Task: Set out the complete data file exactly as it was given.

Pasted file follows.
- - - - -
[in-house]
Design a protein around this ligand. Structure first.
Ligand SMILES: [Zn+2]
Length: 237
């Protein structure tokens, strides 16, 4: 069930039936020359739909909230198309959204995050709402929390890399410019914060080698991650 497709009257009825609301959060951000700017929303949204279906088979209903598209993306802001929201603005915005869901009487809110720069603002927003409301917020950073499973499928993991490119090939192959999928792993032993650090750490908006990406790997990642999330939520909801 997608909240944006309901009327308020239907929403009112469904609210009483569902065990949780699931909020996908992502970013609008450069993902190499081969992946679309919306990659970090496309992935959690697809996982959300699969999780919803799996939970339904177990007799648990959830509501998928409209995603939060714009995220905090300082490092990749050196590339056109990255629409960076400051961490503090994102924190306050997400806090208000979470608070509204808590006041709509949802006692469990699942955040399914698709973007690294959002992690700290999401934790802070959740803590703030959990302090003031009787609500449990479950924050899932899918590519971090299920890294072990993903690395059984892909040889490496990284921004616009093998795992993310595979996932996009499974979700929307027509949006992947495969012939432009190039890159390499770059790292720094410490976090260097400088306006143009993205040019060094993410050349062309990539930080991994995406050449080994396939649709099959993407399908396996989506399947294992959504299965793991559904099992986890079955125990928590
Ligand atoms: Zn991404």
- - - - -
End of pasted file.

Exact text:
[in-house]
Design a protein around this ligand. Structure first.
Ligand SMILES: [Zn+2]
Length: 237
């Protein structure tokens, strides 16, 4: 069930039936020359739909909230198309959204995050709402929390890399410019914060080698991650 497709009257009825609301959060951000700017929303949204279906088979209903598209993306802001929201603005915005869901009487809110720069603002927003409301917020950073499973499928993991490119090939192959999928792993032993650090750490908006990406790997990642999330939520909801 997608909240944006309901009327308020239907929403009112469904609210009483569902065990949780699931909020996908992502970013609008450069993902190499081969992946679309919306990659970090496309992935959690697809996982959300699969999780919803799996939970339904177990007799648990959830509501998928409209995603939060714009995220905090300082490092990749050196590339056109990255629409960076400051961490503090994102924190306050997400806090208000979470608070509204808590006041709509949802006692469990699942955040399914698709973007690294959002992690700290999401934790802070959740803590703030959990302090003031009787609500449990479950924050899932899918590519971090299920890294072990993903690395059984892909040889490496990284921004616009093998795992993310595979996932996009499974979700929307027509949006992947495969012939432009190039890159390499770059790292720094410490976090260097400088306006143009993205040019060094993410050349062309990539930080991994995406050449080994396939649709099959993407399908396996989506399947294992959504299965793991559904099992986890079955125990928590
Ligand atoms: Zn991404």